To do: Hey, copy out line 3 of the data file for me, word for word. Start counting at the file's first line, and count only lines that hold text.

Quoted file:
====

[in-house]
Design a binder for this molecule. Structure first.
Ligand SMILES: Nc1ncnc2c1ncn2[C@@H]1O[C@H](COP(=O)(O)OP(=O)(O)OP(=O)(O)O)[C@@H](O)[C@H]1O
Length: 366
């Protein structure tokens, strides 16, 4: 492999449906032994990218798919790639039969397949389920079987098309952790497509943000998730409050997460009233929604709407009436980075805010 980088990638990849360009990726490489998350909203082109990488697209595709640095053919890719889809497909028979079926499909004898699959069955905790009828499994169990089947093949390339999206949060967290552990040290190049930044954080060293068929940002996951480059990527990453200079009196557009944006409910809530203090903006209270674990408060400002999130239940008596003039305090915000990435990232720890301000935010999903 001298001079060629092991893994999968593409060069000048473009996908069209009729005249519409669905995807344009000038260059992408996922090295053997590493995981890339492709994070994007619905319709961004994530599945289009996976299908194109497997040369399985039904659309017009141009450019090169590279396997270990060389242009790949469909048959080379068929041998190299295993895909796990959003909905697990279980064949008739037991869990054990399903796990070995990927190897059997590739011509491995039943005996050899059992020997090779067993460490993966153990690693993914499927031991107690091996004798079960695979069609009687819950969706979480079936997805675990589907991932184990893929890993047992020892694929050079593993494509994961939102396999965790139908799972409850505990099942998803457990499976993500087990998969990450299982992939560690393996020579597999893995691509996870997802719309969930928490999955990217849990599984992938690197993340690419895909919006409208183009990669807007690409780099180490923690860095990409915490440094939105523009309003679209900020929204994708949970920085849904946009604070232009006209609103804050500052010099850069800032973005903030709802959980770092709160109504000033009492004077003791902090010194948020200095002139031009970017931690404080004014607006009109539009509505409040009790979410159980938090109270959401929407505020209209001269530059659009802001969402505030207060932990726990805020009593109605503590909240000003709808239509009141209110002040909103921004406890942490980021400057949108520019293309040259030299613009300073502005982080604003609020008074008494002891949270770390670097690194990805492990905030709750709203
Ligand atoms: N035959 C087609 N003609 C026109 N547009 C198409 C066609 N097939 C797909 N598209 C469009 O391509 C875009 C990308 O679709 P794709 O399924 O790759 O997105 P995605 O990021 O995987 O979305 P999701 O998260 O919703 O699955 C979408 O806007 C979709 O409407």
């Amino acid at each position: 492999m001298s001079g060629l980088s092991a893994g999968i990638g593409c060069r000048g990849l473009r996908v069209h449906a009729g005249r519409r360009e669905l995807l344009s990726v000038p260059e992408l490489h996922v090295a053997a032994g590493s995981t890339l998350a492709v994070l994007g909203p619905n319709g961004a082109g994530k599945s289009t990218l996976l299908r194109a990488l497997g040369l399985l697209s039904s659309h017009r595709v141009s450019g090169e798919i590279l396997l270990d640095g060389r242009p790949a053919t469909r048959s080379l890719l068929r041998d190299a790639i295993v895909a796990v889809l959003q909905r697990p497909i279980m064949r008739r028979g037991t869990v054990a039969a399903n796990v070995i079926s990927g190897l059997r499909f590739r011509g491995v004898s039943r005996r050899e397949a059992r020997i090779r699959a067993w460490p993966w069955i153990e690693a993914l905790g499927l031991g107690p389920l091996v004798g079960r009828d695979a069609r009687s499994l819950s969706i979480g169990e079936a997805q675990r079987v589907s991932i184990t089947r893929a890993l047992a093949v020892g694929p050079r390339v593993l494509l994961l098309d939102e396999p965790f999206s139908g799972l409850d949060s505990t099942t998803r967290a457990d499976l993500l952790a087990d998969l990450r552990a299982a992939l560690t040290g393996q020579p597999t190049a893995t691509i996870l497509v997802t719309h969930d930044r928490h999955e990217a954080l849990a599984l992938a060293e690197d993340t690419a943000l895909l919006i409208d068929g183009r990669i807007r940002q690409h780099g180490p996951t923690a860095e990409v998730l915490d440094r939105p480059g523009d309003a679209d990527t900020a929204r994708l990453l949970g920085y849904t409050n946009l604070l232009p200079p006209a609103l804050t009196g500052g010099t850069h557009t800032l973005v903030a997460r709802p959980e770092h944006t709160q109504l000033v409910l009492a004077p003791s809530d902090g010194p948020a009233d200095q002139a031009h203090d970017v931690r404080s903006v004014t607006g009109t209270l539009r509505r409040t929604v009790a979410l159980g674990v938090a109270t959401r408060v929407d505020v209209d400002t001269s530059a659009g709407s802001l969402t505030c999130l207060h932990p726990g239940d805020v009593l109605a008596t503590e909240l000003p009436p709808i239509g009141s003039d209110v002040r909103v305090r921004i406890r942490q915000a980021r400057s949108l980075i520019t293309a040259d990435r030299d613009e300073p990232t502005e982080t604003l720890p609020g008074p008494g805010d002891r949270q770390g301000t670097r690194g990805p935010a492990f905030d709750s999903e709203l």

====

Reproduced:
Ligand SMILES: Nc1ncnc2c1ncn2[C@@H]1O[C@H](COP(=O)(O)OP(=O)(O)OP(=O)(O)O)[C@@H](O)[C@H]1O